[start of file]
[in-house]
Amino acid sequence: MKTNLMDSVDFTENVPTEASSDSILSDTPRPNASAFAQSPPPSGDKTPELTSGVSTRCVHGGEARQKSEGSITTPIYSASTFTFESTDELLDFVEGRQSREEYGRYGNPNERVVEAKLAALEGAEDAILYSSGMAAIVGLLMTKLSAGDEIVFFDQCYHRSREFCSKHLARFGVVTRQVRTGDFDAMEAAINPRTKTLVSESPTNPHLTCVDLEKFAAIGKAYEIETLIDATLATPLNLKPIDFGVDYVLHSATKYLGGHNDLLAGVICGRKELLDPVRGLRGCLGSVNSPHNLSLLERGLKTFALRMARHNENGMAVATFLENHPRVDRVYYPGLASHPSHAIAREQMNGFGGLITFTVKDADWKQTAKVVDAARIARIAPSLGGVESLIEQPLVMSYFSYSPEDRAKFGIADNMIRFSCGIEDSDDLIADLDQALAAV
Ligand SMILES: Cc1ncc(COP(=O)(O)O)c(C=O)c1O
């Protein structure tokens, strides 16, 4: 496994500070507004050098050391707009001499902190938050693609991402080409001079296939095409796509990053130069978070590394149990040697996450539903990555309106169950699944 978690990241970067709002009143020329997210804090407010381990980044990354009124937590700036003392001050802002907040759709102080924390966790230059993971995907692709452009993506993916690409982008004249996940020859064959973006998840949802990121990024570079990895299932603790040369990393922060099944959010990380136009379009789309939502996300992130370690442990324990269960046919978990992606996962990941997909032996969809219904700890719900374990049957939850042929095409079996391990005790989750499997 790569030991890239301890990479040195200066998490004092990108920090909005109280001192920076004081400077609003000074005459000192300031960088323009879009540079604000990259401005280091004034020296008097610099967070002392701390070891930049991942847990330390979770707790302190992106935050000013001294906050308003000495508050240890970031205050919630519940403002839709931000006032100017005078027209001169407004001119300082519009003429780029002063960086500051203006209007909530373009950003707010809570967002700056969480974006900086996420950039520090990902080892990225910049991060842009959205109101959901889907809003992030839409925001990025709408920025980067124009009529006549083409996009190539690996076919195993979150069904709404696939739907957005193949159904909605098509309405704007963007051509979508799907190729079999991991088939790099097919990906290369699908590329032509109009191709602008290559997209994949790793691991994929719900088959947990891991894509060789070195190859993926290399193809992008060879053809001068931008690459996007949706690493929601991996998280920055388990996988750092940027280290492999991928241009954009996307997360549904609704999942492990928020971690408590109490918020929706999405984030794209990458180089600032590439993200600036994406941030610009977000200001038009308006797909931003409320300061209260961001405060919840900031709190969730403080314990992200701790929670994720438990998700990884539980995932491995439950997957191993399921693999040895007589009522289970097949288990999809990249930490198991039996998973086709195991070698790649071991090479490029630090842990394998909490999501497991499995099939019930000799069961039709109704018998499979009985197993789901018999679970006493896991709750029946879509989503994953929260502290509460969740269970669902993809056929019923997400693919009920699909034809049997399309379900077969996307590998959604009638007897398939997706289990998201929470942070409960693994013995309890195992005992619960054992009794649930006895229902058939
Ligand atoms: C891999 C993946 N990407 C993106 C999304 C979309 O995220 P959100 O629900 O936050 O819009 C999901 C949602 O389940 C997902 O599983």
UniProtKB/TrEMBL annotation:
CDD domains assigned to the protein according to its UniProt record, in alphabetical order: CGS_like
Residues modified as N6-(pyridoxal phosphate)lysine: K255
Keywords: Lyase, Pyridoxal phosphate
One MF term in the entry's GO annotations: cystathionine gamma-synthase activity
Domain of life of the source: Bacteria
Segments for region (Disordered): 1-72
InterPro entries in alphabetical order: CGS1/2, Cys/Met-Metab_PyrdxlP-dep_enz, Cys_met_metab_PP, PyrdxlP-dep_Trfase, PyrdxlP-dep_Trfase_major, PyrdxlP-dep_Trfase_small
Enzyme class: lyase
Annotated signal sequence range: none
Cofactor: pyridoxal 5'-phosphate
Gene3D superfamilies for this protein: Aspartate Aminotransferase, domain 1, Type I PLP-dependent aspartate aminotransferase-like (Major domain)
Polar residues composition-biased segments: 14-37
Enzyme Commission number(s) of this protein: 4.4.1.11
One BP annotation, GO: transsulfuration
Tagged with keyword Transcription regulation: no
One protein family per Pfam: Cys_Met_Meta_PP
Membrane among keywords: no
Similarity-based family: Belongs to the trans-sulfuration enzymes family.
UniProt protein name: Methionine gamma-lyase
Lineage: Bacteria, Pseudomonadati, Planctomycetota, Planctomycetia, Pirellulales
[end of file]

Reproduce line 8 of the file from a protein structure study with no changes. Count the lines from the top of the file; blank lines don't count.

Residues modified as N6-(pyridoxal phosphate)lysine: K255